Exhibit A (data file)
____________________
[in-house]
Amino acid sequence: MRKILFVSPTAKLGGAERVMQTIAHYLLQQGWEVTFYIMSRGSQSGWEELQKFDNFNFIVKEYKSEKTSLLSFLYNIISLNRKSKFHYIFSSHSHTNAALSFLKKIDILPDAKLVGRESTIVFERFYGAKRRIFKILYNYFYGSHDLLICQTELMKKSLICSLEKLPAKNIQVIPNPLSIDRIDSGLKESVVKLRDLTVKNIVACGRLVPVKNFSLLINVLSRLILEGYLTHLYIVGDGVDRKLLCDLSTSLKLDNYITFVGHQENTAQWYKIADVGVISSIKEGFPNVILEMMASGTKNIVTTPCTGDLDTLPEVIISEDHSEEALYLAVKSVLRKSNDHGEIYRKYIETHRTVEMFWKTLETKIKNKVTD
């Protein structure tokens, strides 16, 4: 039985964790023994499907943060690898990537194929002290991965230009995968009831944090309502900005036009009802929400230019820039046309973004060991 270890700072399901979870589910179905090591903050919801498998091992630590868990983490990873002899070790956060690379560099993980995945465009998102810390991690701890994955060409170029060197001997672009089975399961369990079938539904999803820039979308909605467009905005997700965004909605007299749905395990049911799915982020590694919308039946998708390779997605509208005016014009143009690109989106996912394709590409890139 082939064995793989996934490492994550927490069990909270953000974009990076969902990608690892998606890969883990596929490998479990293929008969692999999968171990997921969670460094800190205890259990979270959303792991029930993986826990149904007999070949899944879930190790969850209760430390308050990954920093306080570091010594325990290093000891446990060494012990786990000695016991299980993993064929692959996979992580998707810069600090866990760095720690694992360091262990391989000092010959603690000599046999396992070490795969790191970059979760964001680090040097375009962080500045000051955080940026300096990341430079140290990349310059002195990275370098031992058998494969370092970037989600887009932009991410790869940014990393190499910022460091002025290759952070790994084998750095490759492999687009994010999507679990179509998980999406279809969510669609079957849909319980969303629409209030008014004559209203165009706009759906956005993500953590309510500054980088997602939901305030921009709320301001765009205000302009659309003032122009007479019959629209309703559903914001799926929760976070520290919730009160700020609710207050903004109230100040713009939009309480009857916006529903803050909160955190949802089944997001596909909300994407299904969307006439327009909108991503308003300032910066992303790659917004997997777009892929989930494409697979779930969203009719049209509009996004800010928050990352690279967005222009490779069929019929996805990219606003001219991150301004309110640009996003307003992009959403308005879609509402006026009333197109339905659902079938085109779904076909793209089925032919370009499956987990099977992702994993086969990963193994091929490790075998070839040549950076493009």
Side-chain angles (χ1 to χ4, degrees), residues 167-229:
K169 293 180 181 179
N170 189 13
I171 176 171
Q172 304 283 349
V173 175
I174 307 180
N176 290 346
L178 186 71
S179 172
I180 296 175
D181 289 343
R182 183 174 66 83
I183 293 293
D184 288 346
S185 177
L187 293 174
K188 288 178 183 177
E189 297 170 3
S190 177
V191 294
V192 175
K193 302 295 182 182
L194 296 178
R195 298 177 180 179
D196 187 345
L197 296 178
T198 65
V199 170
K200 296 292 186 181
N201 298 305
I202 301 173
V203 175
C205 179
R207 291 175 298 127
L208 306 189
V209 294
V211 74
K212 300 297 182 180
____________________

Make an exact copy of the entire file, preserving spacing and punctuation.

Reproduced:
[in-house]
Amino acid sequence: MRKILFVSPTAKLGGAERVMQTIAHYLLQQGWEVTFYIMSRGSQSGWEELQKFDNFNFIVKEYKSEKTSLLSFLYNIISLNRKSKFHYIFSSHSHTNAALSFLKKIDILPDAKLVGRESTIVFERFYGAKRRIFKILYNYFYGSHDLLICQTELMKKSLICSLEKLPAKNIQVIPNPLSIDRIDSGLKESVVKLRDLTVKNIVACGRLVPVKNFSLLINVLSRLILEGYLTHLYIVGDGVDRKLLCDLSTSLKLDNYITFVGHQENTAQWYKIADVGVISSIKEGFPNVILEMMASGTKNIVTTPCTGDLDTLPEVIISEDHSEEALYLAVKSVLRKSNDHGEIYRKYIETHRTVEMFWKTLETKIKNKVTD
């Protein structure tokens, strides 16, 4: 039985964790023994499907943060690898990537194929002290991965230009995968009831944090309502900005036009009802929400230019820039046309973004060991 270890700072399901979870589910179905090591903050919801498998091992630590868990983490990873002899070790956060690379560099993980995945465009998102810390991690701890994955060409170029060197001997672009089975399961369990079938539904999803820039979308909605467009905005997700965004909605007299749905395990049911799915982020590694919308039946998708390779997605509208005016014009143009690109989106996912394709590409890139 082939064995793989996934490492994550927490069990909270953000974009990076969902990608690892998606890969883990596929490998479990293929008969692999999968171990997921969670460094800190205890259990979270959303792991029930993986826990149904007999070949899944879930190790969850209760430390308050990954920093306080570091010594325990290093000891446990060494012990786990000695016991299980993993064929692959996979992580998707810069600090866990760095720690694992360091262990391989000092010959603690000599046999396992070490795969790191970059979760964001680090040097375009962080500045000051955080940026300096990341430079140290990349310059002195990275370098031992058998494969370092970037989600887009932009991410790869940014990393190499910022460091002025290759952070790994084998750095490759492999687009994010999507679990179509998980999406279809969510669609079957849909319980969303629409209030008014004559209203165009706009759906956005993500953590309510500054980088997602939901305030921009709320301001765009205000302009659309003032122009007479019959629209309703559903914001799926929760976070520290919730009160700020609710207050903004109230100040713009939009309480009857916006529903803050909160955190949802089944997001596909909300994407299904969307006439327009909108991503308003300032910066992303790659917004997997777009892929989930494409697979779930969203009719049209509009996004800010928050990352690279967005222009490779069929019929996805990219606003001219991150301004309110640009996003307003992009959403308005879609509402006026009333197109339905659902079938085109779904076909793209089925032919370009499956987990099977992702994993086969990963193994091929490790075998070839040549950076493009």
Side-chain angles (χ1 to χ4, degrees), residues 167-229:
K169 293 180 181 179
N170 189 13
I171 176 171
Q172 304 283 349
V173 175
I174 307 180
N176 290 346
L178 186 71
S179 172
I180 296 175
D181 289 343
R182 183 174 66 83
I183 293 293
D184 288 346
S185 177
L187 293 174
K188 288 178 183 177
E189 297 170 3
S190 177
V191 294
V192 175
K193 302 295 182 182
L194 296 178
R195 298 177 180 179
D196 187 345
L197 296 178
T198 65
V199 170
K200 296 292 186 181
N201 298 305
I202 301 173
V203 175
C205 179
R207 291 175 298 127
L208 306 189
V209 294
V211 74
K212 300 297 182 180